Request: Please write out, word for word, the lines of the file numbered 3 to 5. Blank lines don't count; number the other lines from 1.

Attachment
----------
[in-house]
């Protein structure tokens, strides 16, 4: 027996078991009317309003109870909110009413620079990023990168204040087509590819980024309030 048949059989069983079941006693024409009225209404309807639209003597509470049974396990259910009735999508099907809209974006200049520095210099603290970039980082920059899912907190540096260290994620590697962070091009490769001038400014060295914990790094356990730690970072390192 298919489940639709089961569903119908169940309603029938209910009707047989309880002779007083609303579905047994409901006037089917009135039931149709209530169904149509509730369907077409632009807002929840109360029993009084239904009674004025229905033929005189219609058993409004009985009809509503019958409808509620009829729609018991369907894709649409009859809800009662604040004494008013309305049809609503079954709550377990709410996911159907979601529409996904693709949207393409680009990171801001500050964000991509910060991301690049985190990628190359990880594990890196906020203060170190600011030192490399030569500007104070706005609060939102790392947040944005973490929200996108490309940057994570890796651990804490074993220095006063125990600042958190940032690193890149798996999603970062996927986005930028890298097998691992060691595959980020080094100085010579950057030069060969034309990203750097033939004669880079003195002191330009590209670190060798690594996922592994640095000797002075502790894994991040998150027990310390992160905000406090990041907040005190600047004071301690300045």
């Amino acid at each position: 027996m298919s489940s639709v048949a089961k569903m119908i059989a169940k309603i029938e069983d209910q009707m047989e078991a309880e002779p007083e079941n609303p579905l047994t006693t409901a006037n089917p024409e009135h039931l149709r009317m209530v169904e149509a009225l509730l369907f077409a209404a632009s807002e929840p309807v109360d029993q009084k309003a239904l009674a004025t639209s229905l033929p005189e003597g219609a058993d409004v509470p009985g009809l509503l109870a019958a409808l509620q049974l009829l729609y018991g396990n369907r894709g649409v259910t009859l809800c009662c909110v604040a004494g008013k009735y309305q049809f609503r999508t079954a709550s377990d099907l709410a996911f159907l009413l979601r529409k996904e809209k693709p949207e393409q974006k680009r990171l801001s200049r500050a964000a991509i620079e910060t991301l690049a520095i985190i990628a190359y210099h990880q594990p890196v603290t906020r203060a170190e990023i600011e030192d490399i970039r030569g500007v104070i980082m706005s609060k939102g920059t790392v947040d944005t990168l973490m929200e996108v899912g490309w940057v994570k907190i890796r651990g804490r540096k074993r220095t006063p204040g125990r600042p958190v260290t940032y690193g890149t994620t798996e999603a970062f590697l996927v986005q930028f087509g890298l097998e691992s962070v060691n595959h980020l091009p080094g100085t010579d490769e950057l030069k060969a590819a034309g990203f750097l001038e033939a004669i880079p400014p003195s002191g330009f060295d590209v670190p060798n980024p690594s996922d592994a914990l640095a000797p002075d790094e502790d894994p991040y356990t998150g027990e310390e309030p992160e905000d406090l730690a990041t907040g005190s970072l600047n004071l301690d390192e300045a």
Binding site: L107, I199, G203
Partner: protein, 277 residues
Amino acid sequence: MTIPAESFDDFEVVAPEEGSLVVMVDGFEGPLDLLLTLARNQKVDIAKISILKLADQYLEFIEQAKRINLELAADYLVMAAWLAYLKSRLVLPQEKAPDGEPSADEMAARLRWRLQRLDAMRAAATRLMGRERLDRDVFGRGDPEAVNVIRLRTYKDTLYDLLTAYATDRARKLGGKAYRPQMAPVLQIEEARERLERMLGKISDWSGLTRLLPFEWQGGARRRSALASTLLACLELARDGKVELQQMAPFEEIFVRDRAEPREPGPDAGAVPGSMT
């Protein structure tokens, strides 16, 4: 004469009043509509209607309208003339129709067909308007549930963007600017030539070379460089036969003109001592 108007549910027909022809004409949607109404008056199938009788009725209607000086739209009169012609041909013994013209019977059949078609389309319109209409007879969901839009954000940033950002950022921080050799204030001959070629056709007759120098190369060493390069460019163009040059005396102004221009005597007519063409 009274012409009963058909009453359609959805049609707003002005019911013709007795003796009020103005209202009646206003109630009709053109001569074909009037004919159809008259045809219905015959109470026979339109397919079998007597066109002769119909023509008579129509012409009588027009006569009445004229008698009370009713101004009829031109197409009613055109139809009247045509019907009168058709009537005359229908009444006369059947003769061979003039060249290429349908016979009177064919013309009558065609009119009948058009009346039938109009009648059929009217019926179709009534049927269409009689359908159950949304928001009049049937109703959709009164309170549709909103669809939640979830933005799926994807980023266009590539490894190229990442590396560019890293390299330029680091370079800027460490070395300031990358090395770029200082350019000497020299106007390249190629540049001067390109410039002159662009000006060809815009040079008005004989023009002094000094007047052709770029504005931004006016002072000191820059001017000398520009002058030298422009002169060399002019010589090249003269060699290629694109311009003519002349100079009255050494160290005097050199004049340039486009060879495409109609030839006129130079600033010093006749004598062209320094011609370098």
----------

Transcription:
């Amino acid at each position: 027996m298919s489940s639709v048949a089961k569903m119908i059989a169940k309603i029938e069983d209910q009707m047989e078991a309880e002779p007083e079941n609303p579905l047994t006693t409901a006037n089917p024409e009135h039931l149709r009317m209530v169904e149509a009225l509730l369907f077409a209404a632009s807002e929840p309807v109360d029993q009084k309003a239904l009674a004025t639209s229905l033929p005189e003597g219609a058993d409004v509470p009985g009809l509503l109870a019958a409808l509620q049974l009829l729609y018991g396990n369907r894709g649409v259910t009859l809800c009662c909110v604040a004494g008013k009735y309305q049809f609503r999508t079954a709550s377990d099907l709410a996911f159907l009413l979601r529409k996904e809209k693709p949207e393409q974006k680009r990171l801001s200049r500050a964000a991509i620079e910060t991301l690049a520095i985190i990628a190359y210099h990880q594990p890196v603290t906020r203060a170190e990023i600011e030192d490399i970039r030569g500007v104070i980082m706005s609060k939102g920059t790392v947040d944005t990168l973490m929200e996108v899912g490309w940057v994570k907190i890796r651990g804490r540096k074993r220095t006063p204040g125990r600042p958190v260290t940032y690193g890149t994620t798996e999603a970062f590697l996927v986005q930028f087509g890298l097998e691992s962070v060691n595959h980020l091009p080094g100085t010579d490769e950057l030069k060969a590819a034309g990203f750097l001038e033939a004669i880079p400014p003195s002191g330009f060295d590209v670190p060798n980024p690594s996922d592994a914990l640095a000797p002075d790094e502790d894994p991040y356990t998150g027990e310390e309030p992160e905000d406090l730690a990041t907040g005190s970072l600047n004071l301690d390192e300045a």
Binding site: L107, I199, G203
Partner: protein, 277 residues